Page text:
Transitioning Your Journal to Open Access: Tips from Claire Moulton
As journals move away from subscription to open access models, they run into various challenges. Today, we discuss these challenges and ways to overcome them, with Claire Moulton. Claire holds a PhD in molecular biology from the University of Edinburgh. She is a scholarly publishing veteran, with over 30 years’ experience in various roles ranging from journal editor to publishing manager. She is currently the Publisher at The Company of Biologists, a not-for profit publisher whose journals were the first to be afforded Transformative Journal status, and an early adopter of the transformative route to open access for its three hybrid journals: Development, Journal of Cell Science and Journal of Experimental Biology.
1. How did you prepare your journals, including journal staff and editorial boards, for the transition from a hybrid model towards fully Open Access?
We’d been offering Open Access options on the journals since 2004 but, after a period of growth, author take-up had plateaued. Almost certainly this reflected a similar plateau in funder / institution Open Access mandates. So the big change really came when cOAlition S introduced a new set of mandates. Our Directors (practising scientists) and editorial boards have always focused on our journals providing options that allow authors to comply with funder mandates, so we had to reconsider what we were offering.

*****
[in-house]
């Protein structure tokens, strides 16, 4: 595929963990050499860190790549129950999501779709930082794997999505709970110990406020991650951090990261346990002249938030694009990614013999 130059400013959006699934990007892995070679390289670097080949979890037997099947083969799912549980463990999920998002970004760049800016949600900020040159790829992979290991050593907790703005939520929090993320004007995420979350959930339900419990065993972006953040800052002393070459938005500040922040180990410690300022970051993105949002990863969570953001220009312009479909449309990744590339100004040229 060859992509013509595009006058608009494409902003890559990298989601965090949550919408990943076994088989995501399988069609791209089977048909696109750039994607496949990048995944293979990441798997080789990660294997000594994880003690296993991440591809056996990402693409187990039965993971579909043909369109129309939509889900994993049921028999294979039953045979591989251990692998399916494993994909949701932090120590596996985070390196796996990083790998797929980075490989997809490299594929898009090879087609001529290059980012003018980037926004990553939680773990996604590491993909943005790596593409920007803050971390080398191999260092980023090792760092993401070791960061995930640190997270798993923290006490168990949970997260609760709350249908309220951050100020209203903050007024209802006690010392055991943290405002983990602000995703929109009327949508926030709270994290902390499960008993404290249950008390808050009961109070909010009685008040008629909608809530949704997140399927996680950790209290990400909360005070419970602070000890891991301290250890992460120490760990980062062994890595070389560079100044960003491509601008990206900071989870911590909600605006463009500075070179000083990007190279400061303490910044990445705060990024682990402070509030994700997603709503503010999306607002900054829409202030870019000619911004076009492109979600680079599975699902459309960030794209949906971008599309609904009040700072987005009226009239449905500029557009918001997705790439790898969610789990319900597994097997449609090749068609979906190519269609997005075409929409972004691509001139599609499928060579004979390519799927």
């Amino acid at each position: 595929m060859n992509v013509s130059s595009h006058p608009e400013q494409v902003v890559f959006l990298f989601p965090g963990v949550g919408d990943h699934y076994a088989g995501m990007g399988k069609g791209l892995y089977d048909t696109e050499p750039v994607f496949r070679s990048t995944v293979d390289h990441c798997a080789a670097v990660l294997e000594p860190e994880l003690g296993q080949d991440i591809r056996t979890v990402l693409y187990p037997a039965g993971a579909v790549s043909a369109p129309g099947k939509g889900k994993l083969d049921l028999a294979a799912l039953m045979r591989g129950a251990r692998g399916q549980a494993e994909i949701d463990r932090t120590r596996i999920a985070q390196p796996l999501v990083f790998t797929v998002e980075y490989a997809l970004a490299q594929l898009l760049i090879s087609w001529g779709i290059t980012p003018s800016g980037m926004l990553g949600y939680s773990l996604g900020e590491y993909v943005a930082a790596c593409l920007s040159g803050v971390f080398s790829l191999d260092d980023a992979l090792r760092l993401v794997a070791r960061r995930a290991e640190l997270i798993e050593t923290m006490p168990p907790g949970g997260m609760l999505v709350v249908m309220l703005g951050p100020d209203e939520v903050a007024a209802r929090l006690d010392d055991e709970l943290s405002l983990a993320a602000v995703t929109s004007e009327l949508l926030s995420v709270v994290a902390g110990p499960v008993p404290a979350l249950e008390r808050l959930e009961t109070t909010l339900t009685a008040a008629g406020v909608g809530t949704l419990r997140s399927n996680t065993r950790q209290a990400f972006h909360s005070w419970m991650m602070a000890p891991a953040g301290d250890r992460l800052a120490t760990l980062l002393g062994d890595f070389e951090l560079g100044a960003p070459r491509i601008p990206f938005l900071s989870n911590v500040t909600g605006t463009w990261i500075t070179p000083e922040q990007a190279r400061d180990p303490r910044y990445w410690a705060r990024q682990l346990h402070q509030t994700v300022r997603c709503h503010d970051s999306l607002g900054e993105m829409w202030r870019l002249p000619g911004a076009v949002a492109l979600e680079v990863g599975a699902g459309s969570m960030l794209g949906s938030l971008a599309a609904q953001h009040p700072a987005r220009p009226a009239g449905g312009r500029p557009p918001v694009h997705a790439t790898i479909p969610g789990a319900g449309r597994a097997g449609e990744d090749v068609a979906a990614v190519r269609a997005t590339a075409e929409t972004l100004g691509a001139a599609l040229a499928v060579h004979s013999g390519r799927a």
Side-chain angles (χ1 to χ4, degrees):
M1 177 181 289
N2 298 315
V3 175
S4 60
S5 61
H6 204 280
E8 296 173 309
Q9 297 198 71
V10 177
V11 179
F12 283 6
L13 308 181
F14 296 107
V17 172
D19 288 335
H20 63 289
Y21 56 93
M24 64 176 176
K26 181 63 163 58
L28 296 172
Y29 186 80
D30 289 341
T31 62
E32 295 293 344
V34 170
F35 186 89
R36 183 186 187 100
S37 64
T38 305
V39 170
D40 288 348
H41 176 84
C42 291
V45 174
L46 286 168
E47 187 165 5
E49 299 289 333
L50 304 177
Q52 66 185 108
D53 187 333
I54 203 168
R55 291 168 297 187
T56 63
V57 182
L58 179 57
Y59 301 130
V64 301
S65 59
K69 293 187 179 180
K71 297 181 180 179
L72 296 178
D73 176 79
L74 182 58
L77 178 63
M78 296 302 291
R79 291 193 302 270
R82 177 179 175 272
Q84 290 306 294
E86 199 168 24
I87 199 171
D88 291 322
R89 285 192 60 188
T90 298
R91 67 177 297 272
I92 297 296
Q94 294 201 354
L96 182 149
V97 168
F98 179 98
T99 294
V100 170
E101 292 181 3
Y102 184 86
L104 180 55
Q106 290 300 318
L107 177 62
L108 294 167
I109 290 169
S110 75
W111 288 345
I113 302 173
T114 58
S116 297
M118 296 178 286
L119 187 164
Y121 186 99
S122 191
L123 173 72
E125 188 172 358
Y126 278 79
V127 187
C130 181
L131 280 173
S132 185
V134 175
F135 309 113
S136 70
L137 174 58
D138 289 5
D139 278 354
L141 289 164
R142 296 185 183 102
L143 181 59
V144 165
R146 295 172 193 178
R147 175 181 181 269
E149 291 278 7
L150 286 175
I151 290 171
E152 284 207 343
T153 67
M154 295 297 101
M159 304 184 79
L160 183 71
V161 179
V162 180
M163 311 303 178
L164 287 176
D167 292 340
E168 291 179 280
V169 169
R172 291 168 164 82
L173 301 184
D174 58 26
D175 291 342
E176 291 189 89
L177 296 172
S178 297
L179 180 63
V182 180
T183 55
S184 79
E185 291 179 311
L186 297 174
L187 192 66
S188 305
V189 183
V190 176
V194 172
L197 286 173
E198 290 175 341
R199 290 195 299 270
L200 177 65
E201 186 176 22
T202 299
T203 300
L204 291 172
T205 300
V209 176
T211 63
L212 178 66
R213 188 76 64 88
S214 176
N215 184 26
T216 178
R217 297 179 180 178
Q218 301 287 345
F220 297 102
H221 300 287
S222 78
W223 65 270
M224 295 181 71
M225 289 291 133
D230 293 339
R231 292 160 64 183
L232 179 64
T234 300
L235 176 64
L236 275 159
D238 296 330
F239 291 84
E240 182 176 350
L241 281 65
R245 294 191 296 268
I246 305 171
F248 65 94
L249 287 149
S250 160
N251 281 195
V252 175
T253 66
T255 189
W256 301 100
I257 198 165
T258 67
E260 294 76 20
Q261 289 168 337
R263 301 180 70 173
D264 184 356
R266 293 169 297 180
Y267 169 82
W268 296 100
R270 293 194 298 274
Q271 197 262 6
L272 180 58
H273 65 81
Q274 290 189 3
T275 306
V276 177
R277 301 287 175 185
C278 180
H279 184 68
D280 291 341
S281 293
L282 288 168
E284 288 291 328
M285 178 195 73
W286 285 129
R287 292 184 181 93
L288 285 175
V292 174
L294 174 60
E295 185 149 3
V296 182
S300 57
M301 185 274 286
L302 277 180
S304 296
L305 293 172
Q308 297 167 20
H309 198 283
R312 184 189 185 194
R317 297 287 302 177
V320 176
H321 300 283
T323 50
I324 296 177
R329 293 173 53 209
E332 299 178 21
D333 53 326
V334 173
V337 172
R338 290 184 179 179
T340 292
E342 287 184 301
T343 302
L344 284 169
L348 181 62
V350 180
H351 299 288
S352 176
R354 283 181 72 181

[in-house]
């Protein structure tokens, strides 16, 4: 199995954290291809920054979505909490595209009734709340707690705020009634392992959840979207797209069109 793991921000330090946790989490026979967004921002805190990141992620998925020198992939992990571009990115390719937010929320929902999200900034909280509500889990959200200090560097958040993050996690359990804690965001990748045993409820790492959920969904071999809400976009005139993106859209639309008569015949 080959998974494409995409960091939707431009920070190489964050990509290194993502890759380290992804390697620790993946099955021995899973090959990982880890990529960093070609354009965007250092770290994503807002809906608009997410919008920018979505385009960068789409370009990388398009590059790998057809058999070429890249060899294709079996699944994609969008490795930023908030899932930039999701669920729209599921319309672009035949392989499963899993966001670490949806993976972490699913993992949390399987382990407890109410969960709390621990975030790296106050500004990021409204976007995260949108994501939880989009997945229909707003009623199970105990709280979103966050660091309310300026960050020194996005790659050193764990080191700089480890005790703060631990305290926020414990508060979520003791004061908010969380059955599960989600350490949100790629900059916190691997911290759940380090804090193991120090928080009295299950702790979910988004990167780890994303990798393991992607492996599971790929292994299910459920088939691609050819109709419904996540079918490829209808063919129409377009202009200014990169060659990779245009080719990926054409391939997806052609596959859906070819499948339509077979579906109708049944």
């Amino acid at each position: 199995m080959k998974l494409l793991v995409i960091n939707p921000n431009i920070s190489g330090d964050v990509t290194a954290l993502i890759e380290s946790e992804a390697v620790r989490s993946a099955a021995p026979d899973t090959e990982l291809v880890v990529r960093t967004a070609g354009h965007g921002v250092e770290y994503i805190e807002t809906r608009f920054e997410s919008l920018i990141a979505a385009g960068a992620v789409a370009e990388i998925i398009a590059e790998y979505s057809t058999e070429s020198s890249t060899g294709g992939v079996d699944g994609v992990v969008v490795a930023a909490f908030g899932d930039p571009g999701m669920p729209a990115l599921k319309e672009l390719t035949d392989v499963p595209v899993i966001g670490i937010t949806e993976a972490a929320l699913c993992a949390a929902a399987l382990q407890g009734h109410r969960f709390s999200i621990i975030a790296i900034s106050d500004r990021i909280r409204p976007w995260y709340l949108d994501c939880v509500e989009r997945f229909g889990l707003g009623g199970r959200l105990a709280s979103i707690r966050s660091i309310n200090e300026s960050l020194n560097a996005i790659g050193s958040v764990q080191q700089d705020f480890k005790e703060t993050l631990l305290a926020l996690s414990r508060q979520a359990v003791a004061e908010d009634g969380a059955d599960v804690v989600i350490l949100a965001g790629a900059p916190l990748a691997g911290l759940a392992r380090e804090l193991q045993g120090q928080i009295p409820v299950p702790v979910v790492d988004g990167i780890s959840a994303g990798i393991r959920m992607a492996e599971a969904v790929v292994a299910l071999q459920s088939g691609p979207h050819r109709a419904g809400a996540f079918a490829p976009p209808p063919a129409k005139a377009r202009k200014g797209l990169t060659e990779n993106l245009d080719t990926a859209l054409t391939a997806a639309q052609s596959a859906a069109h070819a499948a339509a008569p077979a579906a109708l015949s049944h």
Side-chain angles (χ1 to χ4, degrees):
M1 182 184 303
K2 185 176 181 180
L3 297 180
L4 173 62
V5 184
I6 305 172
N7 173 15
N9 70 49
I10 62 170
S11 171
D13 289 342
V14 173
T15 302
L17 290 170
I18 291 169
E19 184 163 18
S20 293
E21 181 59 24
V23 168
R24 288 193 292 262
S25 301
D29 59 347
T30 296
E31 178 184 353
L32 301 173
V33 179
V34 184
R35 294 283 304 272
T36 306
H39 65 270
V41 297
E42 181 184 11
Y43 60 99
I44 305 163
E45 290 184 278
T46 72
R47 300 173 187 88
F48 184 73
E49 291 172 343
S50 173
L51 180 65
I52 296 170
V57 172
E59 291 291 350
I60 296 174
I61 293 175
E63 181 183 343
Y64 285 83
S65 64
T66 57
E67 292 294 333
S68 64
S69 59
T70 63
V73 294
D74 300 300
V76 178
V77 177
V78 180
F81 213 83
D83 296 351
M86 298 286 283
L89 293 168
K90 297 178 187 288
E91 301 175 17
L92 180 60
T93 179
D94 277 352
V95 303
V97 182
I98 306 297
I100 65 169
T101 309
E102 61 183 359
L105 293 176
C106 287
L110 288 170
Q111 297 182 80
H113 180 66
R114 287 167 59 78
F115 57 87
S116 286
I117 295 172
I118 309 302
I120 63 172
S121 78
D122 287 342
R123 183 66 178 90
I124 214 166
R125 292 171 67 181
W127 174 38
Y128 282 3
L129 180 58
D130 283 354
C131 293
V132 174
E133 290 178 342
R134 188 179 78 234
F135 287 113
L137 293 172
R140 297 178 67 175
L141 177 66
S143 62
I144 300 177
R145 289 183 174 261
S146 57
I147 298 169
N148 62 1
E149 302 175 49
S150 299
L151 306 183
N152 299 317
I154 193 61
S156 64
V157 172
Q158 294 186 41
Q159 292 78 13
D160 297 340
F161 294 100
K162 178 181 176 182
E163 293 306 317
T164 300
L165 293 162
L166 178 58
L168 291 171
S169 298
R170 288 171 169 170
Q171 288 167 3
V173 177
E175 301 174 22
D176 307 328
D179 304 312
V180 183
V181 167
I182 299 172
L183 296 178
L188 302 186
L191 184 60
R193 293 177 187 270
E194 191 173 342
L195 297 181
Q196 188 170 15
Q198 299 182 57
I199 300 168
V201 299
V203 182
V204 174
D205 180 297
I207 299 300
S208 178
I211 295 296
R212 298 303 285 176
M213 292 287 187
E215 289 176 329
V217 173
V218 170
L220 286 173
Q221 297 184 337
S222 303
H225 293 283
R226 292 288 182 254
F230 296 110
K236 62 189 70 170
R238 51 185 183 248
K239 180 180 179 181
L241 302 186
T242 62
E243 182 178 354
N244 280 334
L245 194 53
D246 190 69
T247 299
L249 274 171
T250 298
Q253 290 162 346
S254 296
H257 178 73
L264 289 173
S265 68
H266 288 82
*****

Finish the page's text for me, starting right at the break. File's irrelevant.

We decided on a two-pronged approach: Transitional Agreements (Read & Publish) alongside Transformative Journal status. Transformative Journals make a number of commitments, including being proactive champions for Open Access and meeting annual Open Access growth targets. The growth itself is generated by our Read & Publish agreements, which allow corresponding authors from participating institutions to publish fee-free Open Access articles (uncapped).
Our Directors and editorial board were very supportive of the resulting options, which allow author choice and continue to support those authors who are not yet ready for Open Access publishing.